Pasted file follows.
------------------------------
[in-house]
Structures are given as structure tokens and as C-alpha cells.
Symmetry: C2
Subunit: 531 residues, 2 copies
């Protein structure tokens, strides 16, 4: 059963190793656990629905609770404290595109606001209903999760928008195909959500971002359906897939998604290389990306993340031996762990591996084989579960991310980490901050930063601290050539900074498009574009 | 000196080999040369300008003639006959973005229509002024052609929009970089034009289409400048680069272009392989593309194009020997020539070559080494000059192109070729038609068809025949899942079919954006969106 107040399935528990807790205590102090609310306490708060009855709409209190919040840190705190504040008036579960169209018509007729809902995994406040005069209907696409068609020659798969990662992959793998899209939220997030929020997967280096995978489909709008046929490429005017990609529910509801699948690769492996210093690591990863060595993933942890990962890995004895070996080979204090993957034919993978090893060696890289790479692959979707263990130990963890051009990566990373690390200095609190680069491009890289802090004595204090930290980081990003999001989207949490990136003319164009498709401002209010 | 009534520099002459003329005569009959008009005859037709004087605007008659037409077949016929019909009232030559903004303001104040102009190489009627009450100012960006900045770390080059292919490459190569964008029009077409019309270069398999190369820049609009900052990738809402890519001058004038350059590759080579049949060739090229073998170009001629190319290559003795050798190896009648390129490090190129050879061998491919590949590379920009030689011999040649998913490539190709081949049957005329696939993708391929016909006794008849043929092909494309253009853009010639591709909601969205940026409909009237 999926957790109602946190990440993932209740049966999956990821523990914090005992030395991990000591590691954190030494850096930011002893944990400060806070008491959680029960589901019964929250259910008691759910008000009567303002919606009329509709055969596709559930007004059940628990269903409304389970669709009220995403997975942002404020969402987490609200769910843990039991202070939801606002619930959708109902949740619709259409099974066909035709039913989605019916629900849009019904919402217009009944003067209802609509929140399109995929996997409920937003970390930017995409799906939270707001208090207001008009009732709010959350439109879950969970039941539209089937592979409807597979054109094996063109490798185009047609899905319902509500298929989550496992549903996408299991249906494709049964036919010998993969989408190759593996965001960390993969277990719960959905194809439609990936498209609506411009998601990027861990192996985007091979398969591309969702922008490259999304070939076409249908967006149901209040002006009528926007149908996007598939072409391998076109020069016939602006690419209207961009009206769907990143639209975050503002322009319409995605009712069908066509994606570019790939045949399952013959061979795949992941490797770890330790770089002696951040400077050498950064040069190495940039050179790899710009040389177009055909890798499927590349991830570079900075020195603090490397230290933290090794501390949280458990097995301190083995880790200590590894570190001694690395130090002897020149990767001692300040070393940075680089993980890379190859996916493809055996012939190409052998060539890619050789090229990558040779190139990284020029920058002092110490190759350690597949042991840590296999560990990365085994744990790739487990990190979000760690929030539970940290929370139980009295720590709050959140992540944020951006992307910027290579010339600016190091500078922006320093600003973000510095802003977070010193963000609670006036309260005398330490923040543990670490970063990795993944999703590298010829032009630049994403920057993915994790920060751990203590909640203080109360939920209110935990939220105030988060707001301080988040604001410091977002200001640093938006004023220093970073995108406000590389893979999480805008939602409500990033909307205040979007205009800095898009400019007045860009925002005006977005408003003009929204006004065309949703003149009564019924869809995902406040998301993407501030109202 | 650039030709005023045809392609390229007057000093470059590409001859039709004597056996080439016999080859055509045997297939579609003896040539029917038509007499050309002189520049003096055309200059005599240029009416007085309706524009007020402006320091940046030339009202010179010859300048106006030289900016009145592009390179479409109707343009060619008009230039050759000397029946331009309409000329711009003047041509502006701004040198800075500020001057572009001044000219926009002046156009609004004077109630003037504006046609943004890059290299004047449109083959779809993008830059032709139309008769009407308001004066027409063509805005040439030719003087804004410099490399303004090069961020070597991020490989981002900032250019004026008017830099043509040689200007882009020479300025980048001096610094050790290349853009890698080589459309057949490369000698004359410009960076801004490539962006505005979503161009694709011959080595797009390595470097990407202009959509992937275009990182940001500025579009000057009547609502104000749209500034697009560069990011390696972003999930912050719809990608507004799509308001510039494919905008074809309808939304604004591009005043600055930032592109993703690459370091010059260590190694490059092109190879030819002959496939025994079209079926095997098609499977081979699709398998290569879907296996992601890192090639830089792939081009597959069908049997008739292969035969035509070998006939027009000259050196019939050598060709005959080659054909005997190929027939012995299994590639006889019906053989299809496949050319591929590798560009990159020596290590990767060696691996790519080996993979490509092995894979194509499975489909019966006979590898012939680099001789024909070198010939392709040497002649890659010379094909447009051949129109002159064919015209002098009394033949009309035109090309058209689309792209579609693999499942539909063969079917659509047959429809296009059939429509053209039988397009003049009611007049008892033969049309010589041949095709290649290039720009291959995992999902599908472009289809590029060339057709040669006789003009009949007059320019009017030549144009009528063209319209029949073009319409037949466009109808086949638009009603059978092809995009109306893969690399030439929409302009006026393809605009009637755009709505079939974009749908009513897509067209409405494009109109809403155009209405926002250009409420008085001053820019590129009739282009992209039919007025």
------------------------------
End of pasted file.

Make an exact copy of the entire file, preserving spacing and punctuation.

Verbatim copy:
[in-house]
Structures are given as structure tokens and as C-alpha cells.
Symmetry: C2
Subunit: 531 residues, 2 copies
């Protein structure tokens, strides 16, 4: 059963190793656990629905609770404290595109606001209903999760928008195909959500971002359906897939998604290389990306993340031996762990591996084989579960991310980490901050930063601290050539900074498009574009 | 000196080999040369300008003639006959973005229509002024052609929009970089034009289409400048680069272009392989593309194009020997020539070559080494000059192109070729038609068809025949899942079919954006969106 107040399935528990807790205590102090609310306490708060009855709409209190919040840190705190504040008036579960169209018509007729809902995994406040005069209907696409068609020659798969990662992959793998899209939220997030929020997967280096995978489909709008046929490429005017990609529910509801699948690769492996210093690591990863060595993933942890990962890995004895070996080979204090993957034919993978090893060696890289790479692959979707263990130990963890051009990566990373690390200095609190680069491009890289802090004595204090930290980081990003999001989207949490990136003319164009498709401002209010 | 009534520099002459003329005569009959008009005859037709004087605007008659037409077949016929019909009232030559903004303001104040102009190489009627009450100012960006900045770390080059292919490459190569964008029009077409019309270069398999190369820049609009900052990738809402890519001058004038350059590759080579049949060739090229073998170009001629190319290559003795050798190896009648390129490090190129050879061998491919590949590379920009030689011999040649998913490539190709081949049957005329696939993708391929016909006794008849043929092909494309253009853009010639591709909601969205940026409909009237 999926957790109602946190990440993932209740049966999956990821523990914090005992030395991990000591590691954190030494850096930011002893944990400060806070008491959680029960589901019964929250259910008691759910008000009567303002919606009329509709055969596709559930007004059940628990269903409304389970669709009220995403997975942002404020969402987490609200769910843990039991202070939801606002619930959708109902949740619709259409099974066909035709039913989605019916629900849009019904919402217009009944003067209802609509929140399109995929996997409920937003970390930017995409799906939270707001208090207001008009009732709010959350439109879950969970039941539209089937592979409807597979054109094996063109490798185009047609899905319902509500298929989550496992549903996408299991249906494709049964036919010998993969989408190759593996965001960390993969277990719960959905194809439609990936498209609506411009998601990027861990192996985007091979398969591309969702922008490259999304070939076409249908967006149901209040002006009528926007149908996007598939072409391998076109020069016939602006690419209207961009009206769907990143639209975050503002322009319409995605009712069908066509994606570019790939045949399952013959061979795949992941490797770890330790770089002696951040400077050498950064040069190495940039050179790899710009040389177009055909890798499927590349991830570079900075020195603090490397230290933290090794501390949280458990097995301190083995880790200590590894570190001694690395130090002897020149990767001692300040070393940075680089993980890379190859996916493809055996012939190409052998060539890619050789090229990558040779190139990284020029920058002092110490190759350690597949042991840590296999560990990365085994744990790739487990990190979000760690929030539970940290929370139980009295720590709050959140992540944020951006992307910027290579010339600016190091500078922006320093600003973000510095802003977070010193963000609670006036309260005398330490923040543990670490970063990795993944999703590298010829032009630049994403920057993915994790920060751990203590909640203080109360939920209110935990939220105030988060707001301080988040604001410091977002200001640093938006004023220093970073995108406000590389893979999480805008939602409500990033909307205040979007205009800095898009400019007045860009925002005006977005408003003009929204006004065309949703003149009564019924869809995902406040998301993407501030109202 | 650039030709005023045809392609390229007057000093470059590409001859039709004597056996080439016999080859055509045997297939579609003896040539029917038509007499050309002189520049003096055309200059005599240029009416007085309706524009007020402006320091940046030339009202010179010859300048106006030289900016009145592009390179479409109707343009060619008009230039050759000397029946331009309409000329711009003047041509502006701004040198800075500020001057572009001044000219926009002046156009609004004077109630003037504006046609943004890059290299004047449109083959779809993008830059032709139309008769009407308001004066027409063509805005040439030719003087804004410099490399303004090069961020070597991020490989981002900032250019004026008017830099043509040689200007882009020479300025980048001096610094050790290349853009890698080589459309057949490369000698004359410009960076801004490539962006505005979503161009694709011959080595797009390595470097990407202009959509992937275009990182940001500025579009000057009547609502104000749209500034697009560069990011390696972003999930912050719809990608507004799509308001510039494919905008074809309808939304604004591009005043600055930032592109993703690459370091010059260590190694490059092109190879030819002959496939025994079209079926095997098609499977081979699709398998290569879907296996992601890192090639830089792939081009597959069908049997008739292969035969035509070998006939027009000259050196019939050598060709005959080659054909005997190929027939012995299994590639006889019906053989299809496949050319591929590798560009990159020596290590990767060696691996790519080996993979490509092995894979194509499975489909019966006979590898012939680099001789024909070198010939392709040497002649890659010379094909447009051949129109002159064919015209002098009394033949009309035109090309058209689309792209579609693999499942539909063969079917659509047959429809296009059939429509053209039988397009003049009611007049008892033969049309010589041949095709290649290039720009291959995992999902599908472009289809590029060339057709040669006789003009009949007059320019009017030549144009009528063209319209029949073009319409037949466009109808086949638009009603059978092809995009109306893969690399030439929409302009006026393809605009009637755009709505079939974009749908009513897509067209409405494009109109809403155009209405926002250009409420008085001053820019590129009739282009992209039919007025």